Nanophotonics is a thriving field of science which studies the interaction between light and matter structured at the nanoscale, with myriads of applications in information technologies, imaging, security, sensing and healthcare.
The equations of electromagnetism, governing the behaviour of light and all other electromagnetic fields, exhibit truly intriguing properties when the size of material structures are comparable to or even smaller than the wavelength of light. These include novel effects and properties that are being uncovered only in very recent years, such as the spin-momentum locking of evanescent waves, the quantum spin Hall effect of light, and the complex underlying structure of the electric and magnetic fields at subwavelength scales enabling fascinating interference phenomena. On top of uncovering these novel properties, our group’s philosophy is to find new applications based on them. In the past we have worked on advances in nanoscale light polarimeters, optical nanorouters, mechanisms for novel optical forces, nanoscale optical antennas with tuneable polarization, discovery of novel sources of light such as the Janus dipole, ultra-sensitive position sensors, and even proposing new exotic Casimir force effects.
During this PhD you will join the research group of Dr. Rodríguez-Fortuño in their search for these novel effects and development of their applications. The techniques used during this PhD will be adapted to the strengths of the PhD candidate: these could range all the way from participating on the experimental proofs of principle of the novel effects that we will uncover, to the very first theoretical “pen and paper” work dealing with the fundamental electromagnetic equations and techniques that are needed for the creation of new ideas. We make extensive use of electromagnetic simulation and modelling.
The research group is young and currently composed of two PhD students and a postdoc, supervised directly by Dr Rodríguez-Fortuño. This enables a very personalized one-to-one hands-on supervision. At the same time, our group is embedded into the well-established and much larger Photonics and Nanotechnology Group at King’s College London, led by Prof. Anatoly Zayats and composed of another eight academic staff and their teams, with ample experience in all aspects of nanophotonics, with which you will establish extensive collaboration.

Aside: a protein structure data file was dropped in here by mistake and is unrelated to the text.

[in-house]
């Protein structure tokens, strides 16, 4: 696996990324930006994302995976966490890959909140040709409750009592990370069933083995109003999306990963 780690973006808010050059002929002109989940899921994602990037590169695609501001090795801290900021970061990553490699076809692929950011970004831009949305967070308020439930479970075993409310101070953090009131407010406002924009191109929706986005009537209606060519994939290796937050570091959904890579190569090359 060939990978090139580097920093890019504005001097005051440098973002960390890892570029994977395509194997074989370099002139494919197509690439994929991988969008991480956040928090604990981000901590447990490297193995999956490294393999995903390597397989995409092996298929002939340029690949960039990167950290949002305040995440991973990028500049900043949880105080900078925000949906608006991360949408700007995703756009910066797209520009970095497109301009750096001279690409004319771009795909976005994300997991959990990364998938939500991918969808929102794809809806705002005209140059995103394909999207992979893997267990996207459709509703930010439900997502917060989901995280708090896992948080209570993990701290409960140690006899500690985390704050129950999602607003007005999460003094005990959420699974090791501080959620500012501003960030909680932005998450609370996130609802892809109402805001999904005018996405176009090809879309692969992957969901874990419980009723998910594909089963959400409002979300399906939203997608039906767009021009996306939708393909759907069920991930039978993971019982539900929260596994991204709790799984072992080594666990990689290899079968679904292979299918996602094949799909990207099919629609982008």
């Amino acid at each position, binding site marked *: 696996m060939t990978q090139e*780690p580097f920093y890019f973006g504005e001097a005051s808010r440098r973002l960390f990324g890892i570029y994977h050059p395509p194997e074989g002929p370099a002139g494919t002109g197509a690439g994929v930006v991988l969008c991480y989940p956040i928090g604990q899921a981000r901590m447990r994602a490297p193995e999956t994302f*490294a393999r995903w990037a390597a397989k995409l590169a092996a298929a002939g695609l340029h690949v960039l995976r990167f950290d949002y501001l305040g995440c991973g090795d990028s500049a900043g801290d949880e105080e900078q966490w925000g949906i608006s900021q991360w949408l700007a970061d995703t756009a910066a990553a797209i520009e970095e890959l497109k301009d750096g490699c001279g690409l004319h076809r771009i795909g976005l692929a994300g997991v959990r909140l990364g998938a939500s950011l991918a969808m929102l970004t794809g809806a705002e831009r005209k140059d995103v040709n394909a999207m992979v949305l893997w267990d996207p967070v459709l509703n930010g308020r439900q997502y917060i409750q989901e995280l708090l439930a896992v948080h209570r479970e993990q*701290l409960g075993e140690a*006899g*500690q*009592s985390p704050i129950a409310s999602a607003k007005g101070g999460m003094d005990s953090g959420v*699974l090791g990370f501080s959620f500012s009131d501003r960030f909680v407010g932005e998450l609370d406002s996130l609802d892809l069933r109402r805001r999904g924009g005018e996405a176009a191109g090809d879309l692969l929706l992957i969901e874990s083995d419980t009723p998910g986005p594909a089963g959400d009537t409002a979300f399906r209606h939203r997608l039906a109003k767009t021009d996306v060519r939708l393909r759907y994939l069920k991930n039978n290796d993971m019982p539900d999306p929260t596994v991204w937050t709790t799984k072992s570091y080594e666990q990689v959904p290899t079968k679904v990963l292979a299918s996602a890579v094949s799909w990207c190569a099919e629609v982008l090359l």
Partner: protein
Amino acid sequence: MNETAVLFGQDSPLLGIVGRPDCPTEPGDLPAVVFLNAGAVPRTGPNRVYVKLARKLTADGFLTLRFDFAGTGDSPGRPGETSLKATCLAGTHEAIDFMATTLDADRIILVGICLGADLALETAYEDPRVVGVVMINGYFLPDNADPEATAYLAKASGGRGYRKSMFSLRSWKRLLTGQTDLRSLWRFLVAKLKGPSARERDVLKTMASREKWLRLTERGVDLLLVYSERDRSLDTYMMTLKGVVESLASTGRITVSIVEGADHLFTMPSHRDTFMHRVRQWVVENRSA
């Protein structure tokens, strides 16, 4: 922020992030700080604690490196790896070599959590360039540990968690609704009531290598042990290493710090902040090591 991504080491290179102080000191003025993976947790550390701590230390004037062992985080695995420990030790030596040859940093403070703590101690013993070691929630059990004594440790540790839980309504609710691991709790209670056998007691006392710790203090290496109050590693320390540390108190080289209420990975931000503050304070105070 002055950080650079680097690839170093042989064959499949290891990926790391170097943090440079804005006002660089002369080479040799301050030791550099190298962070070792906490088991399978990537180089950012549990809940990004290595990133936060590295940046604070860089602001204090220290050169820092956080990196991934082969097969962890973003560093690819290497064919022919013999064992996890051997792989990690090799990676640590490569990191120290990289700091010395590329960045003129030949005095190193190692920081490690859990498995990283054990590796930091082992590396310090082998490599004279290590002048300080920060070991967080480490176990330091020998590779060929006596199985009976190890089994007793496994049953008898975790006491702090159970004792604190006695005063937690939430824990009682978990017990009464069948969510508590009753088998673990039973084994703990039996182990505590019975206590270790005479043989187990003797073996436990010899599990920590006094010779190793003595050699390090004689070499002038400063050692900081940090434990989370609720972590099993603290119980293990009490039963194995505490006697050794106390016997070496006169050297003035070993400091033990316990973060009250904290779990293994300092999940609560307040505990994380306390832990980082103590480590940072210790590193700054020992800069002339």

As a supervisor, Dr Rodríguez-Fortuño trains his PhD students to become full-fledged scientists, not only aiming at having excellent research papers, but also capable of delivering inspiring presentations on their work, creating the best possible animations and figures, and developing their writing skills, all essential in both academic and industrial environments.
All candidates are welcome to apply. We strongly encourage both women and men to apply as we promote equality and diversity and a balanced environment. The Physics department is JUNO champion since 2018. Successful candidates must demonstrate a very high creativity and a passion for science.
King’s College London is ranked in the top 10 UK universities in the world (QS World Rankings 2020) and based in the heart of London. Our location offers easy access to major research libraries and leading scientific societies such as the Royal Society and the Institute of Physics.
To be considered for the position candidates must apply via King’s Apply online application system. Details are available at https://www.kcl.ac.uk/physics/postgraduate/research-degrees
Please indicate your desired supervisor and quote research group Photonics & Nanotechnology in your application and all correspondence.
The selection process will involve a pre-selection on documents, if selected this will be followed by an invitation to an interview. If successful at the interview, an offer will be provided in due time.